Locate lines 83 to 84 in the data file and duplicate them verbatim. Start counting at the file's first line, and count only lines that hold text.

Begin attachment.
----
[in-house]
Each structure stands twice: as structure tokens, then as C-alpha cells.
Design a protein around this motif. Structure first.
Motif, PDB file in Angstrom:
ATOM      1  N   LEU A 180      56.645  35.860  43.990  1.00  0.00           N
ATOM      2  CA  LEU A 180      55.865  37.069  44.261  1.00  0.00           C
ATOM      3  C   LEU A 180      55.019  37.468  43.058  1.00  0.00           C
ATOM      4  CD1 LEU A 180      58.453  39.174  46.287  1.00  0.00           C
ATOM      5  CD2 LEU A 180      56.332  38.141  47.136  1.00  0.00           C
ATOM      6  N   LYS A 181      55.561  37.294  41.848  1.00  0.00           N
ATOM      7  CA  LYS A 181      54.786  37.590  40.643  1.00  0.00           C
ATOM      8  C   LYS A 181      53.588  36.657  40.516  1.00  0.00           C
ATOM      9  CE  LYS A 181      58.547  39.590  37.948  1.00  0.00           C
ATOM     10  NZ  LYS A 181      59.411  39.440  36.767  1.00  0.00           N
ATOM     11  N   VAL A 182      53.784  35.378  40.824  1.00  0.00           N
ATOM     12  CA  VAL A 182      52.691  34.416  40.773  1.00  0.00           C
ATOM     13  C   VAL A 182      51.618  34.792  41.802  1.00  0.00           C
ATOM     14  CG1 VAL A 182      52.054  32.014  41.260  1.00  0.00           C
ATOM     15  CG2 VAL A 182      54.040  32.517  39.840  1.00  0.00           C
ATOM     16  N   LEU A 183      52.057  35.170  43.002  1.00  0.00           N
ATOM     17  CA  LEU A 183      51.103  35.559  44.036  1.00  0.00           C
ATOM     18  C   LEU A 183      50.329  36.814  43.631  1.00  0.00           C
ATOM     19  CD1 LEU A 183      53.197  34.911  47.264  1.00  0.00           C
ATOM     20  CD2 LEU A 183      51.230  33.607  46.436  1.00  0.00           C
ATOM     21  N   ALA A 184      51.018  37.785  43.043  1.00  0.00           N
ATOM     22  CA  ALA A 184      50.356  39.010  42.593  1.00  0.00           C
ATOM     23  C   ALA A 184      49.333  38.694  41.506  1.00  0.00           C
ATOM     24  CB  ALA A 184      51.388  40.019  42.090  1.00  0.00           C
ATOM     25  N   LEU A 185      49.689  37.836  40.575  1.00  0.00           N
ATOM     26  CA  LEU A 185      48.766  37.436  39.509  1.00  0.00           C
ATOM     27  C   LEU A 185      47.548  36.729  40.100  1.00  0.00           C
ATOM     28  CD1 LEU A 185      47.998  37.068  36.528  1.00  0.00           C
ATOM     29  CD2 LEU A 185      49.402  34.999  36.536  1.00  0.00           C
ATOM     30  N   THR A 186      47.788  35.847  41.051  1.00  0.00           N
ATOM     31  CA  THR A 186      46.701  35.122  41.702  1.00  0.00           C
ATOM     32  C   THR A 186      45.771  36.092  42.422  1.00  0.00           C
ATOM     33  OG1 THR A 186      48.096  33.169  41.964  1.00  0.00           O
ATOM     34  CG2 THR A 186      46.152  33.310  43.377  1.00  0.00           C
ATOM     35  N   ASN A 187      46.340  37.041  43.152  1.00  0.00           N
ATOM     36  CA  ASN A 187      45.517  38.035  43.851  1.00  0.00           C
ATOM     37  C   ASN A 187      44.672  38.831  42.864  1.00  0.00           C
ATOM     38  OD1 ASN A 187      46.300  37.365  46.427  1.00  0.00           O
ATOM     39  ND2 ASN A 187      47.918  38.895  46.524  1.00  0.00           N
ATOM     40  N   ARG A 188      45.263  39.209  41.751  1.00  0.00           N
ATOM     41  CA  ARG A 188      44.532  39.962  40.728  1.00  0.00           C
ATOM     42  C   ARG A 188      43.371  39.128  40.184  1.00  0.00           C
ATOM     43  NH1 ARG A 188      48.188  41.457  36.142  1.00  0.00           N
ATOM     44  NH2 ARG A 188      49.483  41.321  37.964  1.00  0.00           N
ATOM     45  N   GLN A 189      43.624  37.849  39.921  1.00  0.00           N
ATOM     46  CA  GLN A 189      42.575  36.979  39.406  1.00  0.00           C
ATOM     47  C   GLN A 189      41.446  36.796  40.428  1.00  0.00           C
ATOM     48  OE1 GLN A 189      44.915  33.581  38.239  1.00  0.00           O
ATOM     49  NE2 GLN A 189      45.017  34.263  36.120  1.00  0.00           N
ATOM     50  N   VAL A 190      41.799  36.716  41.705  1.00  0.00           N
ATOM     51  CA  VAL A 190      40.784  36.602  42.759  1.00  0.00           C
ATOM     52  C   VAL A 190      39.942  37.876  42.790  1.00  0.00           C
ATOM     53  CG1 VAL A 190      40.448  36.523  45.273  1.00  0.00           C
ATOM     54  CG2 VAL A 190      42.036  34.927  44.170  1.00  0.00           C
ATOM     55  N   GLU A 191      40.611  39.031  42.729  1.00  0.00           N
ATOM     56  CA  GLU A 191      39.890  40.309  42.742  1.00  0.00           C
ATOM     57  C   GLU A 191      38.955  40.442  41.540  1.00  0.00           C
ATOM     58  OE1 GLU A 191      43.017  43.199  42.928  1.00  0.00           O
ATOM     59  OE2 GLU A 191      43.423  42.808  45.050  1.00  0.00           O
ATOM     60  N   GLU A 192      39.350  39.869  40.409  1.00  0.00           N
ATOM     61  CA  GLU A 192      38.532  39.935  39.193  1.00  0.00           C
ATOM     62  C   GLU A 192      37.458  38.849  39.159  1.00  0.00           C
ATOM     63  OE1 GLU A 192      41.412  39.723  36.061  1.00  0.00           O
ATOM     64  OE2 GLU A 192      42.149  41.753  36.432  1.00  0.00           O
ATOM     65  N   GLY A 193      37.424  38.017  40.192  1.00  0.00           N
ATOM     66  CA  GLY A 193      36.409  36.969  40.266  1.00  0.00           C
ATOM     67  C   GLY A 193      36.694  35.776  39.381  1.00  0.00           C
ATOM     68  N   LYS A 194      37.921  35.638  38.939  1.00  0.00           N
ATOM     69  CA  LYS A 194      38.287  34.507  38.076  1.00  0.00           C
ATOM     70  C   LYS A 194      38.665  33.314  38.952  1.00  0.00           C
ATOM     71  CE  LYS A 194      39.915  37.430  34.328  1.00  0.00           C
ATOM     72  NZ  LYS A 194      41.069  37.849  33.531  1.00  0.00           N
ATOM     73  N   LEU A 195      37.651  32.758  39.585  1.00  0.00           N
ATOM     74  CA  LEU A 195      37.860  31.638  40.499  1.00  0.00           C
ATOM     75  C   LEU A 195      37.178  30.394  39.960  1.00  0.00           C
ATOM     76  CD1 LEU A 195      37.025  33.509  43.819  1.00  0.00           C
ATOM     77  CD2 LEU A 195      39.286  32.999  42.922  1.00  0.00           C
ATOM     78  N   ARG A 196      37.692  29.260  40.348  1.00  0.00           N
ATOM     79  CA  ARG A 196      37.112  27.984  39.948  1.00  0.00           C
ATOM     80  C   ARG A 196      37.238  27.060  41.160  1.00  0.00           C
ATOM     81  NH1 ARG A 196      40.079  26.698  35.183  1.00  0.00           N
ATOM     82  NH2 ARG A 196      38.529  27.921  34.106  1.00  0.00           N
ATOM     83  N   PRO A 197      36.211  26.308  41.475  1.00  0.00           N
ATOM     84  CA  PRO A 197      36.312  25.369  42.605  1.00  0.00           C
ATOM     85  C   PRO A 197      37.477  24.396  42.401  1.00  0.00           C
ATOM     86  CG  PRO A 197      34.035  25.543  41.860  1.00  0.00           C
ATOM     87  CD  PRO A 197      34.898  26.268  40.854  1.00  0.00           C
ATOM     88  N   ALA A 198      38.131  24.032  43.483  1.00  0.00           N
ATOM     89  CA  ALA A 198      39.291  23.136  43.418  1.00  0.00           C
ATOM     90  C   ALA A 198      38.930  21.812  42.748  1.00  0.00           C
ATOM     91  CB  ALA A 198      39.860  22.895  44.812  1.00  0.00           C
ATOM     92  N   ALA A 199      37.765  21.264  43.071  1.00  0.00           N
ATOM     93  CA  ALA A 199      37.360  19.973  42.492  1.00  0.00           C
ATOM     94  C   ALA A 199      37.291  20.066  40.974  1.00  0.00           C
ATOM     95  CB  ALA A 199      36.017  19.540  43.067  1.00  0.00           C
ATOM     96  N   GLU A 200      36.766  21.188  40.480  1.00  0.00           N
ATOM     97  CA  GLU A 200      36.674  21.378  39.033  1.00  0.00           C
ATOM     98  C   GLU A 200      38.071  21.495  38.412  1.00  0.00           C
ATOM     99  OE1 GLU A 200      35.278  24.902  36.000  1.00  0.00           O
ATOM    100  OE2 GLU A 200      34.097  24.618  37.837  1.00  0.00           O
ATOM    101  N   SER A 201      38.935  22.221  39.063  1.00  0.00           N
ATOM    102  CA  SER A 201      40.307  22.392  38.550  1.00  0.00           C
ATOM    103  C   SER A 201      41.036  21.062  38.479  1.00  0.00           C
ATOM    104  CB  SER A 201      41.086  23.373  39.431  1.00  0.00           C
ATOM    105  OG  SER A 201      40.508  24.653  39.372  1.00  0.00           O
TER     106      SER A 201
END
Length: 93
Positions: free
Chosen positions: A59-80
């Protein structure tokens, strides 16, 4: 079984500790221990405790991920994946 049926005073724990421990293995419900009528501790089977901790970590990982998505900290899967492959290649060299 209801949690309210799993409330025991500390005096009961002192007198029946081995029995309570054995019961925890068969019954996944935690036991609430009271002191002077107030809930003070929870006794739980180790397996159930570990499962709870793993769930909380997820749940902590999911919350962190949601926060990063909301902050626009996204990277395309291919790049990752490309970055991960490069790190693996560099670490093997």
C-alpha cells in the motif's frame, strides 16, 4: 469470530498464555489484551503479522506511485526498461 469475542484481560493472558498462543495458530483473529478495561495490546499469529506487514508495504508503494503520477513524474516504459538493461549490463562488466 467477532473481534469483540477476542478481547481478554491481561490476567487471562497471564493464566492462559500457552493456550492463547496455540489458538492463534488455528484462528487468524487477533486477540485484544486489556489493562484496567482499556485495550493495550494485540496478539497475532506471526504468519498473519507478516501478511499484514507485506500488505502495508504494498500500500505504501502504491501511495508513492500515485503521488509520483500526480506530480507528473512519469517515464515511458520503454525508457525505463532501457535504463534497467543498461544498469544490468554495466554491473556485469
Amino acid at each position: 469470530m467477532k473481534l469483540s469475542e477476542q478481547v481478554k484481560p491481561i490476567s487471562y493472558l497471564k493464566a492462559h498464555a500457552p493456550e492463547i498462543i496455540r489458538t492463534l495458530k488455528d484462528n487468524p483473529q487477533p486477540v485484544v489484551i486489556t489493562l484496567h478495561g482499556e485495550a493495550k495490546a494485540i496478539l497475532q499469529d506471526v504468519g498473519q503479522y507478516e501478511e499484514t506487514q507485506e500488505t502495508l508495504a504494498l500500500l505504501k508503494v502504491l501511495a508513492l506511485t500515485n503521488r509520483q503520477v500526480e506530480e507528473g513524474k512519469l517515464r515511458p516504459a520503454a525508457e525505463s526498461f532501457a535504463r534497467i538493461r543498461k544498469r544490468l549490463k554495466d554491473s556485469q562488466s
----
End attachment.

ATOM     79  CA  ARG A 196      37.112  27.984  39.948  1.00  0.00           C
ATOM     80  C   ARG A 196      37.238  27.060  41.160  1.00  0.00           C